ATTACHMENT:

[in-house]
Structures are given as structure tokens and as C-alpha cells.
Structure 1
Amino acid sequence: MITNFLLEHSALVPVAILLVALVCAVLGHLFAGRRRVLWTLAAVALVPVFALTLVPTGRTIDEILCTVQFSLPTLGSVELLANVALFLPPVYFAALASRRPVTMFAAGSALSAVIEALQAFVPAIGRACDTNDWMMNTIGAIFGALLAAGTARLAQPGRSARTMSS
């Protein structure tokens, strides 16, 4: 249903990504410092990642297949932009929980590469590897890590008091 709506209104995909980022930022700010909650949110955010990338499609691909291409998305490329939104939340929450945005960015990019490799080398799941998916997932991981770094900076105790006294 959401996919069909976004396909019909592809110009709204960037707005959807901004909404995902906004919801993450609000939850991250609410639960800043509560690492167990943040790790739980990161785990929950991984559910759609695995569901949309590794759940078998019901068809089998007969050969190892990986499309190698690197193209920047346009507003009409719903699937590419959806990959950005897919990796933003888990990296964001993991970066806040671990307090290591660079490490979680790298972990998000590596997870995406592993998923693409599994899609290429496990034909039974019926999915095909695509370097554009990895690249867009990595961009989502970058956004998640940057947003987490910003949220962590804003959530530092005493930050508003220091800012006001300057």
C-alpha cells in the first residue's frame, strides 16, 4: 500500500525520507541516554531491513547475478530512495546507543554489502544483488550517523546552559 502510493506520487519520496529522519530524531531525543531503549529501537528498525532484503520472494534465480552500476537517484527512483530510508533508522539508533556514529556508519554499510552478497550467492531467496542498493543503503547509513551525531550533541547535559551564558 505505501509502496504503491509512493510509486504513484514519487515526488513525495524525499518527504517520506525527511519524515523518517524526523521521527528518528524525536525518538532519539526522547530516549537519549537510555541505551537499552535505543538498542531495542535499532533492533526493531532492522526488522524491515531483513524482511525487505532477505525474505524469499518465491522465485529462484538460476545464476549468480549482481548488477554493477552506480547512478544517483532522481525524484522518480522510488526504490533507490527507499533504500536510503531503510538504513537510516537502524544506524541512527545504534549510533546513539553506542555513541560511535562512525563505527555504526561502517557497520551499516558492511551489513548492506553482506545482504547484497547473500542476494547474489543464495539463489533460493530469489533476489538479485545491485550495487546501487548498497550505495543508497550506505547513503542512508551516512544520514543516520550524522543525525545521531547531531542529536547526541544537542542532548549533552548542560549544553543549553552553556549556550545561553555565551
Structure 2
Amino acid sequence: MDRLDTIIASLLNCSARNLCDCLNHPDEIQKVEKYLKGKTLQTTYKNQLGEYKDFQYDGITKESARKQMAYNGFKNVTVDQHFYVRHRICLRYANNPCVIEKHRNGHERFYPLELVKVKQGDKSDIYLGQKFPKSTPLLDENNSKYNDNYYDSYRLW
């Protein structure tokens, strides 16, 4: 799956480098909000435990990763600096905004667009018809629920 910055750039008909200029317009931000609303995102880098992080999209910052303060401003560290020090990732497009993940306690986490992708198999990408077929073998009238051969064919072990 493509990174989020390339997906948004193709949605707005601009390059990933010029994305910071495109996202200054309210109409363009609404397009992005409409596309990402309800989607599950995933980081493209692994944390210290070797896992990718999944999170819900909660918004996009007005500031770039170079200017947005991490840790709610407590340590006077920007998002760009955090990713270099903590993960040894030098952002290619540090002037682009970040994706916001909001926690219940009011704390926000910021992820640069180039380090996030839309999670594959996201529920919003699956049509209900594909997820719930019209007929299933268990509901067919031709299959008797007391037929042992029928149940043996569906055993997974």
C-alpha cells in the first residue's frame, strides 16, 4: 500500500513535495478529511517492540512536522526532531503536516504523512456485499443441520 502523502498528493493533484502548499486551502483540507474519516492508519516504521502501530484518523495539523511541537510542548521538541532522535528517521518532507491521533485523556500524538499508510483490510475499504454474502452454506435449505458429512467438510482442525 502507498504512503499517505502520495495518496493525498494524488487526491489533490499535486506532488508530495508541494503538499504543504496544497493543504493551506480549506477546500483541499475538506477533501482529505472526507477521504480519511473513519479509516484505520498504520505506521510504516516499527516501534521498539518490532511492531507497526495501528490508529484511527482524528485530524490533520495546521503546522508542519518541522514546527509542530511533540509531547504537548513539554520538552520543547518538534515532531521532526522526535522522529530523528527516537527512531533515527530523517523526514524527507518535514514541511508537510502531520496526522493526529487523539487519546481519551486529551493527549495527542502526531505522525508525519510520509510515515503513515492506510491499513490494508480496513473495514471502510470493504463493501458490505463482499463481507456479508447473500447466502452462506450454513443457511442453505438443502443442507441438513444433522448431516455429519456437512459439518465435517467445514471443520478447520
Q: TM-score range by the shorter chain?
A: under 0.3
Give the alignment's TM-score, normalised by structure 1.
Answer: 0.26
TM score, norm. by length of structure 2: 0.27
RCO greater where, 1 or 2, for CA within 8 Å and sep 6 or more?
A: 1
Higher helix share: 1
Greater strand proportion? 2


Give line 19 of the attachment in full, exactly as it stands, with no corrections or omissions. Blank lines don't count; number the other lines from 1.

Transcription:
Greater strand proportion? 2